A Treasure In Our Midst By Janet Pacelle

A Treasure in Our Midst

By:  Janet Pacella

 

I walk my dog on the beach every day with a clear view of Gardiner’s Island.  Once, when trying to coax Gingee out of the water, I noticed a ship sailing around the pristine isle. The island, a well-known landmark for residents of East Hampton, was bought by Lion Gardiner from the Montaukett Indians in 1639.  It has been owned and maintained by the Gardiner family for nearly 400 years. Looking across the bay I imagined the legendary visit of Captain Kidd in the days when Lion’s grandson, John, was Lord of the Manor.

Seafaring laws in the late 1600’s allowed for the plundering of enemy ships, known as privateering.  It was a common, legitimate and profitable business.  Ships vulnerable to authorized looting were those belonging to England’s wartime enemy, France, and pirate ships.  Piracy, though not legitimate, was just as common.  Merchants, gentlemen and pirates alike crowded the bars around New York Harbor.  Living conditions were poor, with the most efficient provider of sanitation being the pig.  Public houses were the merchant hubs of the day, providing a welcome alternative by the Dutch breweries to the dirty drinking water then available.

In1691 a37 year old Scottish seaman, a loyal subject of the Crown and competent privateer, landed in New York Harbor.  William Kidd had only recently been given the title of captain by the mutinous crew of the Antigua, returning from privateering in the Caribbean.  Upon landing in New York, the polished sea captain married one of the wealthiest widows of the colony, thus becoming one of its most wealthy and powerful gentlemen.  Kidd’s father was a minister, perhaps responsible for Kidd’s education and knowledge of proper British protocol.  The dichotomy of being an impetuous, hot-tempered, brutal seaman and an educated, wealthy gentleman is one that remains today.

Kidd settled with his wife Sarah near the city harbor on Pearl Street and soon the couple welcomed a daughter, also called Sarah.  An apparently loving family man, for the next few years Kidd was an ideal citizen.  But the itch for adventure must have returned to the Captain and in 1695 he went to London to seek a commission in the Royal Navy.  While there, he had a fortuitous meeting with Robert Livingston, a rich New York merchant. Impressed with Kidd’s knowledge of the seas, Livingston asked the Earl of Bellomont to obtain backing from King William for Kidd to go after pirates. The King was forced to decline because all of England’s resources were going to its war with France.  Livingston and Bellomont backed the venture and found additional financing from other noble lords.  In January of 1696 the King blessed the venture with his official authorization.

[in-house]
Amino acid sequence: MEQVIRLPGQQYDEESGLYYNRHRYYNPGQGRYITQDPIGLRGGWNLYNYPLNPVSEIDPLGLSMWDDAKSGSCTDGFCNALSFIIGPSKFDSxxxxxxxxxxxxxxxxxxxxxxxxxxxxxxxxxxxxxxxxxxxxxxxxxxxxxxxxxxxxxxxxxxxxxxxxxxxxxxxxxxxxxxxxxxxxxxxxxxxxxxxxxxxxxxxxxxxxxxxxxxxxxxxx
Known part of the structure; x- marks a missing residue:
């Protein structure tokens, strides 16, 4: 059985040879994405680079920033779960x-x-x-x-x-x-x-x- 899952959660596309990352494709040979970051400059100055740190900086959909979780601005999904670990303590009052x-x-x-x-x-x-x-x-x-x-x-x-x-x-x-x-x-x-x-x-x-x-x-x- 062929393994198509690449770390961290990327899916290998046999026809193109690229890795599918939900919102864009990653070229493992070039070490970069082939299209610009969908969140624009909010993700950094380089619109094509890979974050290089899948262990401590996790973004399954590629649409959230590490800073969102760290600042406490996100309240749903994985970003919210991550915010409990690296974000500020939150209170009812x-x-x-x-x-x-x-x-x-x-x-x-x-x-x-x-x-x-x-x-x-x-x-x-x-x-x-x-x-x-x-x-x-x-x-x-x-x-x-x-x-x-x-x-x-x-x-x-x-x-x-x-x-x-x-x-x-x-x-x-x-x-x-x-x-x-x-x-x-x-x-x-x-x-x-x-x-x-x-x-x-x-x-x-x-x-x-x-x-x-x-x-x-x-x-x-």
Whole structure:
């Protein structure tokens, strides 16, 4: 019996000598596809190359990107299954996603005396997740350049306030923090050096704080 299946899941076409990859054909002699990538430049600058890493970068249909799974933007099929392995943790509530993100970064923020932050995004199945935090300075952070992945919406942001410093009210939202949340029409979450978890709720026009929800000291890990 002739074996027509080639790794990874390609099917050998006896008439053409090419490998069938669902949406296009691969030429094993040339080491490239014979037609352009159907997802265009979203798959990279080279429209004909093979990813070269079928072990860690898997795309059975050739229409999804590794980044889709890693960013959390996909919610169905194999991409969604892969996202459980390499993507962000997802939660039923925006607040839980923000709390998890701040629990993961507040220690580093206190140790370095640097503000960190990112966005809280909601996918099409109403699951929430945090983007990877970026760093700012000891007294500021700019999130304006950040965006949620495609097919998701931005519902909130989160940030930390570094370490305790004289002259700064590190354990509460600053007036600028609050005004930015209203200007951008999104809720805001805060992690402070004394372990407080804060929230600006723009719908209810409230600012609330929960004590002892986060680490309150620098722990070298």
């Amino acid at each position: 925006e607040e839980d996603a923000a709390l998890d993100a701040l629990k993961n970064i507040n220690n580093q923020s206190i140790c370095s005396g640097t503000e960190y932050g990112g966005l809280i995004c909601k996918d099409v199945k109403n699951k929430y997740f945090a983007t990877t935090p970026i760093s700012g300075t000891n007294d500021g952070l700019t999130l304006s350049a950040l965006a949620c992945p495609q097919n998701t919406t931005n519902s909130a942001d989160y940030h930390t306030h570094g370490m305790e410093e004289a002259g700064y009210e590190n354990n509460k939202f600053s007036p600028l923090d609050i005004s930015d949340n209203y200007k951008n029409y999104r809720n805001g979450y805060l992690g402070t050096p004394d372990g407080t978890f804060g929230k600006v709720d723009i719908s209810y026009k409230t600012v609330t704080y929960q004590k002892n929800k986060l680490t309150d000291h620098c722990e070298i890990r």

Kidd was outfitted with a new 287 ton ship, aptly named the Adventure Galley.  Excited about his upcoming voyage, he hand-picked his crew with loyal seamen.  However, while still in England, his most competent crewmen were drafted into the Royal Navy in retaliation for failing to furl their topsails and dip their flags in a show of respect when passing English vessels. When the Adventure Galley arrived in New York Kidd was forced to replace his drafted crewmen with the only men available, most of whom were criminals and renegades.  The Adventure Galley set sail, and events during its three years at sea are conflicting and confusing.

From Madagascar, to the Cape Verde Islands off the coast of Africa, through the Arabian Sea, Kidd either failed or refused to capture any pirates.  Maybe Kidd the swashbuckler was conflicted with Kidd the wealthy merchant and family man. Whatever the case, his men did not care.  Those who hadn’t succumbed to cholera, were sick with scurvy and other diseases and, employed on a “no prey, no pay” basis, were furious.  The frustrated crew attempted mutiny when Kidd refused to attack a Dutch ship.  During this attempt Kidd struck gunner William Moore in the head with a bucket killing him.

For some reason, either out of fear of his crew or some other change of heart, after the attempted mutiny, Kidd began to go after ships not all of which were sanctioned.  He captured small merchant ships and the large, rich Indian ship, the Quedah Merchant. The Quedah carried a cargo worth 50,000£, and gold and precious gems which it is believed Kidd took and thereafter hid from his crew.  On Kidd’s journey home he learned that he was declared a pirate by the English government.  In New York, he sailed into the safer port of Oyster Bay and sent messages to his lawyer and his wife to meet him at Block Island.  From there his schooner anchored offshore Gardiner’s Island.

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